The Wall St. Journal published yesterday “the Easter Effect, an excellent article by George Weigel. He asks how did 11 men convert 1/4 to 1/2 of the Roman Empire to Christianity in three hundred years? He writes “There is no accounting for the rise of Christianity without weighing the revolutionary effect on those nobodies of what they called “the Resurrection”: their encounter with the one whom they embraced as the Risen Lord, whom they first knew as the itinerant Jewish rabbi, Jesus of Nazareth, and who died an agonizing and shameful death on a Roman cross outside Jerusalem. As N.T. Wright, one of the Anglosphere’s pre-eminent biblical scholars, makes clear, that first generation answered the question of why they were Christians with a straightforward answer: because Jesus was raised from the dead.”
We will be discussing this article in the next several days.
Please pray for Leah Sharibu. She is 15 years old and is the only girl from Dapchi, Nigeria whom the Boko Haran has not released. Five girls were killed, 104 were returned, and Christian Leah is still being held by her Muslim captors.
Pray that she will be protected and that she will stay firm in her faith. Pray that her captors will understand who Jesus Christ is.
Today Christians celebrate Palm Sunday. What a way to enter Jerusalem. Called the King of the Jews, but Christ Jesus enters the capital of His kingdom on a donkey. Not a stallion, but a donkey. Not in a chariot. But on a foal of a donkey.
Weapons? Just palm branches. No swords, spears, or lances. Just palm branches.
But this simple man, shook the foundations of the world. Ask the common man when Caesar Augustus reigned, and they can’t give you an answer. But we know when Christ was born. We use His birth year every day. For this year is 2018 years after Christ was born.
Lord, thank you for changing history.
My wife and I watched a 1958 film, Bell, Candle, and Book. The film stars Jimmy Stewart and Kim Novak and deals with witchcraft. It was supposed to be a romantic comedy, but it was not funny. Kim Novak is a witch, while her brother, Jack Lemmon, is a warlock (a male witch). The only thing that I can recommend in the film is the one statement that witches, (because they are of the devil), cannot love. Kim Novak sheds being a witch and when she becomes a human she has real emotions – she can cry and laugh and love. Her brother does not understand that as he remains on the dark side.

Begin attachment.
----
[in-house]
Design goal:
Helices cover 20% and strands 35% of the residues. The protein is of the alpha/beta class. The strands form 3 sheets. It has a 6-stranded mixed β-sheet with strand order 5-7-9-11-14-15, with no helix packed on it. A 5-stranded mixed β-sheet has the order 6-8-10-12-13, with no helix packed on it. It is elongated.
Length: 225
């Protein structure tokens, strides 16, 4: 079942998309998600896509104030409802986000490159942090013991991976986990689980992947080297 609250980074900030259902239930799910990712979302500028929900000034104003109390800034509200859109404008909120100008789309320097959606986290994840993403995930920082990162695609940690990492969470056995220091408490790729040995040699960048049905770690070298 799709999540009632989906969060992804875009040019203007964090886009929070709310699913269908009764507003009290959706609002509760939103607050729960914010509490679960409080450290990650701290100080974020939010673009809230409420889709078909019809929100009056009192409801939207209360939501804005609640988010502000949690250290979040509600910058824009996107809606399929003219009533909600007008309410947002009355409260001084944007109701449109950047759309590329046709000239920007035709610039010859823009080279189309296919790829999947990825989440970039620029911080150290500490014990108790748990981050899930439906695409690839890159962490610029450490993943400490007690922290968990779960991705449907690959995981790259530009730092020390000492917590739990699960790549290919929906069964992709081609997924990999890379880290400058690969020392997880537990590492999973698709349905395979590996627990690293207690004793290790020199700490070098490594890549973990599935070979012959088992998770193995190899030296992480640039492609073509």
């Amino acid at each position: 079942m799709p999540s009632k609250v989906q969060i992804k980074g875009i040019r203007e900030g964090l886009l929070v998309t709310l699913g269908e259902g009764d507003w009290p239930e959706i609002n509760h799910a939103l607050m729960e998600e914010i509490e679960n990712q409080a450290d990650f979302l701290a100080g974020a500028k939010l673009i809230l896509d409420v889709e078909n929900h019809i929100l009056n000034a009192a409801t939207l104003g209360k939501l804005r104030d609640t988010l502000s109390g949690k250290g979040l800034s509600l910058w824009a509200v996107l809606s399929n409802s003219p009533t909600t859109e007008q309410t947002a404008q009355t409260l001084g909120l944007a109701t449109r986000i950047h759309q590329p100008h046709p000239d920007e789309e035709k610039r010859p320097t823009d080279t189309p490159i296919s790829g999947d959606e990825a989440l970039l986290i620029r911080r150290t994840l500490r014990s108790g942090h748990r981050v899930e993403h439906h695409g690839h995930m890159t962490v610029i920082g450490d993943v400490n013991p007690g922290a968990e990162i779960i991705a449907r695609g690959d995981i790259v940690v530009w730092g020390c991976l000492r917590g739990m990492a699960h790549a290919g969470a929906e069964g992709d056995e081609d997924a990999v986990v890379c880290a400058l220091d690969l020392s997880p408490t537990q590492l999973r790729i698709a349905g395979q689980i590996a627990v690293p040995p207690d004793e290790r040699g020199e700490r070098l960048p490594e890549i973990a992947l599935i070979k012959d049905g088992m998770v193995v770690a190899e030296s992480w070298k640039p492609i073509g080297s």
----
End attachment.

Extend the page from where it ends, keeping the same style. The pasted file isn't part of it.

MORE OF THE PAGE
We went to hear the Handel's Messiah. In America, it is sung for Christmas, but when we lived in Belgium, it was sung at Easter. Why Easter? Because the purpose of Christ's coming to the earth, was not just to be born. His real purpose was to die for our sins. Handel's Part II describes eloquently Christ's purpose.
Behold the Lamb of God, that taketh away the sin of the world. (John 1:29)
And with His stripes we are healed. (Isaiah 53:5)
Jeffrey Garten discusses ten people who impacted globalization in his book Silk to Silicon. These ten people vary from Genghis Khan to Deng Xiaoping He lists only one world wide philanthropist. Even though Jeffrey Garten is not a Christian, in fact he is anti-Christian, he acknowledges the first world wide philanthropist was John D. Rockefeller and he attributes that to Rockefeller's Christianity. Rockefeller was a devoted Christian.
We went to a Holiday Concert – and there were two songs about Santa Claus. He knows those who are naughty and nice. Not Jesus Christ the Judge, but Santa Claus. Then he was introduced as "the big man of Christmas," the one everyone is waiting for. We used to sing the Christmas carol "Come Thou Long Expected Jesus." And now Santa Claus is the long expected person.
Lord, help us to realize the difference between Christ and Santa Claus.
The Man Who Invented Christmas posed the problem if you can change. Could Scrooge change from his evil ways or was he incapable of changing? As we all know, Scrooge could and did change his ways. But are you capable of changing your ways and believing in Christ?
Lord, help us to become Your followers.
The Man Who Invented Christmas is an excellent film. It is the story of how Charles Dickens became inspired to write The Christmas Carol. It is generally historically accurate, and the story becomes alive. As he visits various people, they morph into various characters and he sees them. Then the invariable knock on the door comes and his concentration is wrecked and they disappear.
The Man Who Invented Christmas is highly recommended. There is no profanity and no nudity. Suitable for all ages.